The problem is not that doctors don’t give people the numbers.  The problem is that the numbers don’t influence patient’s decisions.  Reams of research as well as best-selling books by people like Nobel prize winner Daniel Kahneman tell us that risk assessment has little to do with statistics.  Humans estimate risk based on things like what is most prominent in the news, how they feel about the risk in question, and how closely they compare to others who have undergone the event in question.  For example, women who have had bilateral mastectomies after a breast cancer diagnosis were asked how much the surgery had decreased their risk of recurrence.  The average response was women felt their risk had gone from 76% to 11%.  The actual risk before surgery is actually only 17%, so the surgery reduces the risk of recurrent breast cancer six percentage points. (This is for women who don’t have the BRCA gene).  I’m sure women are told what the risk of recurrence is and how much the surgery decreases the risk.  I’m sure they are.  But the numbers are being told to  women who are scared out of their minds about breast cancer and just want it to go away.  They don’t hear nor care what the statistics are.  That’s called being human.  Pick a subject.  Vaccinations – gross overestimation of risk because the guy down the street has an autistic kid.  Dying in a plane crash – driving in your car is way more dangerous but the newspaper just had a big story about a horrific plane crash.  Ebola – one case in the US but everyone is afraid they will get infected because it’s a really bad disease.

Please.  No more numbers.



So Which One Is It?

The New York Times is driving me batty today.  No fewer than three articles on over-medicating, and all of them confusing.

Article number 1:  Psychiatric drug overuse.

Federal investigators say they have found evidence of widespread overuse of psychiatric drugs by older Americans with Alzheimer’s disease, and are recommending that Medicare officials take immediate action to reduce unnecessary prescriptions.  Toby S. Edelman, who represents patients as a lawyer at the Center for Medicare Advocacy, said, “We could save money and provide better care if nursing homes reduced the inappropriate use of antipsychotic drugs.”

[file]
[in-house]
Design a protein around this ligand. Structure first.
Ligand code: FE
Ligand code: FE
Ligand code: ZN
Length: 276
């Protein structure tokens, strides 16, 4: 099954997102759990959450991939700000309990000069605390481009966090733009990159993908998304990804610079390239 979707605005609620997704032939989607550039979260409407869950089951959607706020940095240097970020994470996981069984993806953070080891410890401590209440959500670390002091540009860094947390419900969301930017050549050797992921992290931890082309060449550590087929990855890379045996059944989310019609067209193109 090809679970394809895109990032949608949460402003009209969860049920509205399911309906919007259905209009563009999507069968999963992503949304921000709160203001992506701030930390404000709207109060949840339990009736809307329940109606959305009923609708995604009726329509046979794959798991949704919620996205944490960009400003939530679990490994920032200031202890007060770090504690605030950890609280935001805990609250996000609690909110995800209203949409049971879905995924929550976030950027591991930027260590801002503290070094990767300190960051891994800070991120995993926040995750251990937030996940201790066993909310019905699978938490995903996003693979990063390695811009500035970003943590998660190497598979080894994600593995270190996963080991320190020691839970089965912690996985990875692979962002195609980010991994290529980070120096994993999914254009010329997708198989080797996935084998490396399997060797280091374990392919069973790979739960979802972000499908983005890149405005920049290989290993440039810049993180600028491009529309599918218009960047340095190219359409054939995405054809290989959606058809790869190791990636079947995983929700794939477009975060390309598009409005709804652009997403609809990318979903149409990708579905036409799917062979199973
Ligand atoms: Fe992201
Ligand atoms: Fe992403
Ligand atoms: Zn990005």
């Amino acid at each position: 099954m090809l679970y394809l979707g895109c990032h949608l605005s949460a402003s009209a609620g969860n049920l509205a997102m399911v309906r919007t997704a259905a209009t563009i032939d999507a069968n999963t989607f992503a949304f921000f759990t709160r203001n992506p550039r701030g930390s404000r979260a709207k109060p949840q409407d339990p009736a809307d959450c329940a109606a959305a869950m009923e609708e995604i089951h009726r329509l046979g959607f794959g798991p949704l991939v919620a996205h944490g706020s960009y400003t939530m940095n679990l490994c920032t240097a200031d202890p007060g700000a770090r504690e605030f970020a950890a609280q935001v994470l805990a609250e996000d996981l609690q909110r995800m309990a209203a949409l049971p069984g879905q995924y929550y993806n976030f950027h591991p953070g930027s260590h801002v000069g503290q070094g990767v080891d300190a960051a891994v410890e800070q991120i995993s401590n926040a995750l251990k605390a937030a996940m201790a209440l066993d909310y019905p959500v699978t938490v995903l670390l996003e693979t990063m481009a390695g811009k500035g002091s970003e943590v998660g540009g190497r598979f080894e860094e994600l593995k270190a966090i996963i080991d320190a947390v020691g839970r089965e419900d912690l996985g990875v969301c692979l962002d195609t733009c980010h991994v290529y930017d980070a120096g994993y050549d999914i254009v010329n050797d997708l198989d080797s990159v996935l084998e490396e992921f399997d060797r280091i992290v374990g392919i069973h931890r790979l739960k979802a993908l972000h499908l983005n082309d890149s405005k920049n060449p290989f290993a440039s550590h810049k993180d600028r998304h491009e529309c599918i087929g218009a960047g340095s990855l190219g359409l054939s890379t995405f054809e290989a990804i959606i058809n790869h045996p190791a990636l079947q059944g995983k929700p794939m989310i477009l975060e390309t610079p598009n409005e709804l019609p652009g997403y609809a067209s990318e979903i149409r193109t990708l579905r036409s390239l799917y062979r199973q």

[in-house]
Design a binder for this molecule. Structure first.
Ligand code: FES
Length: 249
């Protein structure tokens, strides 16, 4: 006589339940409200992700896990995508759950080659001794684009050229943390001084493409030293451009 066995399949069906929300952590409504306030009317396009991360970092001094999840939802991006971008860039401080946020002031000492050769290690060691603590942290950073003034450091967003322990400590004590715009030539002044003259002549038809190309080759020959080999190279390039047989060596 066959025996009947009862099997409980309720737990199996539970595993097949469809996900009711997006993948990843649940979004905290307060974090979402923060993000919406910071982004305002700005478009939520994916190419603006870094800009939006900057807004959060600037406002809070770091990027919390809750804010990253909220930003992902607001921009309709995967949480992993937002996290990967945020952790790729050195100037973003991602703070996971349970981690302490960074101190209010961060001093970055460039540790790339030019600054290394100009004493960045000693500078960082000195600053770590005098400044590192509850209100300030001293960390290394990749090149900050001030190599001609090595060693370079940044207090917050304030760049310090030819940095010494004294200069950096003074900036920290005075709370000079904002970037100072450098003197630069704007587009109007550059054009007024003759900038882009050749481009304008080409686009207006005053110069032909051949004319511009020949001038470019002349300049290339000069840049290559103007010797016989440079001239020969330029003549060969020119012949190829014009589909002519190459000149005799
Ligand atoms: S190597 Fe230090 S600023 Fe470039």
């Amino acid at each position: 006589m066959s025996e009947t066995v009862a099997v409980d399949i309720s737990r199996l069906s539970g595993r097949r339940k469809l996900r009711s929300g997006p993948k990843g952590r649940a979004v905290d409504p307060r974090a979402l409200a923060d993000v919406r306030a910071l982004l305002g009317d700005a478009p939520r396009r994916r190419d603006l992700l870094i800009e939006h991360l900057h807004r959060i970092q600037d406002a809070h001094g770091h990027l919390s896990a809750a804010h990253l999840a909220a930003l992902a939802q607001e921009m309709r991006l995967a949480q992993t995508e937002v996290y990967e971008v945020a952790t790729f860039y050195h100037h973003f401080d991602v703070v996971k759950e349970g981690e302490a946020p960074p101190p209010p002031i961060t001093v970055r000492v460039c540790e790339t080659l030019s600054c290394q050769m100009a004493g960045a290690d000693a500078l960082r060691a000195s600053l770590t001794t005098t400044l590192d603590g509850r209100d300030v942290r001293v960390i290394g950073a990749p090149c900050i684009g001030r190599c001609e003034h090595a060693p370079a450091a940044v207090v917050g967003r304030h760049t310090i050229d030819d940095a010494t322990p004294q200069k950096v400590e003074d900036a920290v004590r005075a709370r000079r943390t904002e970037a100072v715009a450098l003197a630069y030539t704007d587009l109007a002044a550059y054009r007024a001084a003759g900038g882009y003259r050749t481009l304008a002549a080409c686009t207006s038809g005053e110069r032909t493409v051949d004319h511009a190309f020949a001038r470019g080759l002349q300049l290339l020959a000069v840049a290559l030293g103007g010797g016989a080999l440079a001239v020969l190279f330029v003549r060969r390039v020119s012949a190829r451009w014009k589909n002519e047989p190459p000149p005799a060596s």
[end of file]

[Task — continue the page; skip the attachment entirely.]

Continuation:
This one is the least confusing, actually.  Nursing homes, and sometimes caregivers in the home, use antipsychotics to control patients with dementia.  The reason they do this is that staffing at a lot of these places is abysmal.  The ratio of staff to patient that would be needed to adequately keep these patients safe would likely cause Mr. Edelman to protest that we are spending too much money on nurses’ aides.

Article number 2: SSRIs.

At least one in four women in America now takes a psychiatric medication, compared with one in seven men. Women are nearly twice as likely to receive a diagnosis of depression or anxiety disorder than men are. For many women, these drugs greatly improve their lives. But for others they aren’t necessary. The increase in prescriptions for psychiatric medications, often by doctors in other specialties, is creating a new normal, encouraging more women to seek chemical assistance. Whether a woman needs these drugs should be a medical decision, not a response to peer pressure and consumerism.  Obviously, there are situations where psychiatric medications are called for. The problem is too many genuinely ill people remain untreated, mostly because of socioeconomic factors.

Julie Holland, who has been getting a lot of journalistic mileage from her assertion that women are over-medicated, has me wondering what the problem really is?  Over-treatment or the “problem that too many genuinely ill people remain untreated”?  Which is it?

Article number 3: Painkillers.

Using a strong painkiller is appropriate if clearly needed but a review of the relevant scientific data, published on Feb. 17 in Annals of Internal Medicine, casts doubt on how much opioid treatment is really necessary. The review was conducted by recognized experts in evaluating medical evidence and treating chronic pain at the Oregon Health and Science University, in Portland, Ore., and the University of Washington, in Seattle, Wash.  The researchers found little or no evidence that long-term opioid therapy (therapy lasting more than three months) relieves chronic pain, in part because almost all the studies are of short duration. It is extremely reckless to allow opioid usage and deaths to soar in the absence of proof that the treatment is effective. By contrast, there is considerable evidence of opioid therapy’s dangers, including overdoses, opioid abuse, fractures, heart attacks and sexual dysfunction. Doctors and patients must approach long-term opioid therapy with great care. Many patients with chronic pain do not get enough painkillers at high enough doses, meaning that their pain is undertreated. Many others are overtreated and harmed by doses they probably don’t need.